They may find some answers in Exploring Traditions—Celebrating the Grange Way of Life, a series of essays encouraging readers to understand the basis of Grange ritual and tradition. This is not a “guide to the Grange,” it truly is an exploration of some of the words and actions found in the Grange ritual and tradition. Included are the Grange Mission Statement and Declaration of purposes, allowing readers to take away from the book a new and deeper understanding of the Grange—not merely as an historical organization, but also an organization that teaches a way of life that aligns us with nature and creates community.

Order Now

The National Grange announces a new member benefit. Pure TalkUSA is a low cost, no contract cell service provider operating on the largest GSM network covering 99% of Americans. Cut your cell phone bill in half! Unlimited Talk & Text with data starts at just $20 per month. Have questions? Our U.S. based customer service team is standing by to help.

Click Here For More Information


• 'Like it or not, if you're not changing, you're dead!'
• Maine member releases easy-to-read book 'Exploring Traditions' of the Grange
• Dispelling myths about suicide may be key component for prevention
• New Grange Benefit: No-contract cellular service
• Exclusive member pricing on select Keurig K-Cup flavors and brands
• Lecturer's round-up and preview
• Grange Supply Store: Get your clearance items.
• 2018 Quit Block Contest
• American Handicraft raffle
• Grange Foundation 2018 Mercantile
• 152nd Annual National Grange Convention
• Junior/Juvenile Grange BINGO
• Grange Revival 2019
• It's in your power. Help reduce food waste.
• 1 in 1,000 Club of the Grange Foundation
• Survey of Grange Attitudes, Outreach and Programming Activities related to Food Security and Food Literacy

View the Latest Newsletter

State President, Ed Komski has released his list of 2018 Convention Committee assignments. Click link below to view list.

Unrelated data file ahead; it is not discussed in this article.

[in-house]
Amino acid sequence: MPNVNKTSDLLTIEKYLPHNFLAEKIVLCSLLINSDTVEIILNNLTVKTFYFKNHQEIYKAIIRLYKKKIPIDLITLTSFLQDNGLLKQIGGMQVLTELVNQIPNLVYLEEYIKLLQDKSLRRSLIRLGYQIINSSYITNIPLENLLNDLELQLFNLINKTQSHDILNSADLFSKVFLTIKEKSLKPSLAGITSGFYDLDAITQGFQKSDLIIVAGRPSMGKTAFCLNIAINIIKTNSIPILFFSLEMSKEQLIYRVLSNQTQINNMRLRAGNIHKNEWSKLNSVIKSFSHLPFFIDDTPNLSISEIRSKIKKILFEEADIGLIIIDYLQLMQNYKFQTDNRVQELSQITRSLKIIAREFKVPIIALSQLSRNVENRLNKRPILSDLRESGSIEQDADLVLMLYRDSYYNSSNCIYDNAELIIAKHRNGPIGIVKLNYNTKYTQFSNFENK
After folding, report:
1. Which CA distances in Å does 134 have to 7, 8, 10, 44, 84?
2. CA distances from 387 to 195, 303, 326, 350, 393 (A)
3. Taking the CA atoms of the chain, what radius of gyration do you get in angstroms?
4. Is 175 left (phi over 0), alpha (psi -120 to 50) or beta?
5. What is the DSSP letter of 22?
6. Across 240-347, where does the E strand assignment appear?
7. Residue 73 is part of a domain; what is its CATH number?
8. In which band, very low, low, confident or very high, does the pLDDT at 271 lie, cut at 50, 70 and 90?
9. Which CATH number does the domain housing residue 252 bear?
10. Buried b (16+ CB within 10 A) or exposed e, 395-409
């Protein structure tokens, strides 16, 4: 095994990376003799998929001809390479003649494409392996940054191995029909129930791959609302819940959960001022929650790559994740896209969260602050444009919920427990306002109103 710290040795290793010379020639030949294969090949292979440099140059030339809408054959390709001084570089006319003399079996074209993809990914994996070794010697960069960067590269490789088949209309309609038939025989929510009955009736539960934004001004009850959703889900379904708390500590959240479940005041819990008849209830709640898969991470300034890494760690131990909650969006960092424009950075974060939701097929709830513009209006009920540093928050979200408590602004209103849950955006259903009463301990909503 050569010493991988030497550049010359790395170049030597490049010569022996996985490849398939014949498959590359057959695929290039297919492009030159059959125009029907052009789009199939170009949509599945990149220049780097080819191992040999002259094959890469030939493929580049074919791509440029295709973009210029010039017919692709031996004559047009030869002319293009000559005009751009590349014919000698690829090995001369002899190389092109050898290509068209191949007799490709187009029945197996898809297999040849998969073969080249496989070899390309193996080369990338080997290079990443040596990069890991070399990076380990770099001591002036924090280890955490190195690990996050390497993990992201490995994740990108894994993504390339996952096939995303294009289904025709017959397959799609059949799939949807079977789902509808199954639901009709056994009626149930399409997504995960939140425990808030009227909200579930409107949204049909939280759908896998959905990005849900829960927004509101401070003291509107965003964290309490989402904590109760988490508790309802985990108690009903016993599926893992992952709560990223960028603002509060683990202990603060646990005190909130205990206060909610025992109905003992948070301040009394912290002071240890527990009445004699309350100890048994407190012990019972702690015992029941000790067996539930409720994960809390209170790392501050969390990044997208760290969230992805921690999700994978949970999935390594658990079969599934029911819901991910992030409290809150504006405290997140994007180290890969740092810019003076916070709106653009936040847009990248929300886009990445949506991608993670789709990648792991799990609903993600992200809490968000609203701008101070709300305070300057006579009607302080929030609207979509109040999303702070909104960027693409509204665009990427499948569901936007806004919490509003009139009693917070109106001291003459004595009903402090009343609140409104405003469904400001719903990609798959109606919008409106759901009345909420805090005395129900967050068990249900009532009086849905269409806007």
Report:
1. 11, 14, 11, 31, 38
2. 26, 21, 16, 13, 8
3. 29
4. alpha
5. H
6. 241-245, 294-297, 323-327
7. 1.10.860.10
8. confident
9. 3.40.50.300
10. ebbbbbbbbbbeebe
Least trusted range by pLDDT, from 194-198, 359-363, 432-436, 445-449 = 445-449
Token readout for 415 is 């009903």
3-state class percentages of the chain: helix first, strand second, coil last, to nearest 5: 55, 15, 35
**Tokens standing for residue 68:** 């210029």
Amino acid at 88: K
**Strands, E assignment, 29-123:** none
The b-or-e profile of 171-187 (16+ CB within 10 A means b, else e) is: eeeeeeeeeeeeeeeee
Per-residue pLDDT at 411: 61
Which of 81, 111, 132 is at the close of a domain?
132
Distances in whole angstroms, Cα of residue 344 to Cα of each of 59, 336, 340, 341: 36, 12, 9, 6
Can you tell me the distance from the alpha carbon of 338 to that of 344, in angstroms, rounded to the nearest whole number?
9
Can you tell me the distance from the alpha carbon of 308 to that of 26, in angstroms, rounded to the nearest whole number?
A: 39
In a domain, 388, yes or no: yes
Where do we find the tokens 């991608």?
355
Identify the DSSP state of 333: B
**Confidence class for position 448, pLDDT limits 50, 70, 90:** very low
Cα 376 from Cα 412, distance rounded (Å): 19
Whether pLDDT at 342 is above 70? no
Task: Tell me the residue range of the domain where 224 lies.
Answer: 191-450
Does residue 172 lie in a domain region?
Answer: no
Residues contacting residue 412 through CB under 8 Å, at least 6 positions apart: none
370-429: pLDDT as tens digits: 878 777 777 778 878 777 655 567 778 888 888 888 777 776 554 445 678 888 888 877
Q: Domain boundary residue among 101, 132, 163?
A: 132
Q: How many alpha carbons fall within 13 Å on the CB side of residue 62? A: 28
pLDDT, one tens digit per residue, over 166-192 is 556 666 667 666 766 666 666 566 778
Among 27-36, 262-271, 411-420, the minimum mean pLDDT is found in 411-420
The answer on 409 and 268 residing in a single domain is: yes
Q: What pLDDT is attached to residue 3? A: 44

View the Committee Assignments

Please help us welcome Hilmar Grange #537 in returning to Good Standing in the Order.

By paying its dues and completing the required business reporting (available on the California State Grange’s website:, Hilmar Grange #537 is in the process of becoming compliant with the rules set forth in the National Grange’s Digest of Laws and the California State Grange’s Constitution and By-Laws.

The confusion created by all the "spin" and propaganda from the California Guild can be cumbersome, to say the least. The California State Grange has only our Fraternal Order in its heart, and we desire to continue to do business as we have for over 140 years as a Local, State, and National Organization. Thank you to the members of Hilmar Grange #537 for acquiring information and determining that they want to continue being a Grange.

Hilmar Grange #537
8188 Lander Ave.
Hilmar, CA 95324

View Hilmar Grange Website

View Hilmar Grange Facebook page.

National Grange Convention Deadlines Are Approaching Fast

The 152nd Annual National Grange Convention is approaching fast. Please be sure to join us this year, Nov. 13 - 17, as an attendee or a volunteer. Make your room reservations with the Stoweflake Mountain Resort & Spa in Stowe, VT and register online, by mail or by contacting the National Grange directly.

We can't wait to see you!

Early Bird Registration
September 12th

Register for the 152nd Annual National Grange Convention by September 12th and save $5 off the cost of registration.  Registration must be received by 5 PM EST. Click on the link below.

Hotel Cut-Off (Grange rates)
October 5th 

Rooms are booking up fast. Make your hotel accommodation directly with Stoweflake Mountain Resort & Spa. Call (800) 253-2232 or click below to make an online reservation.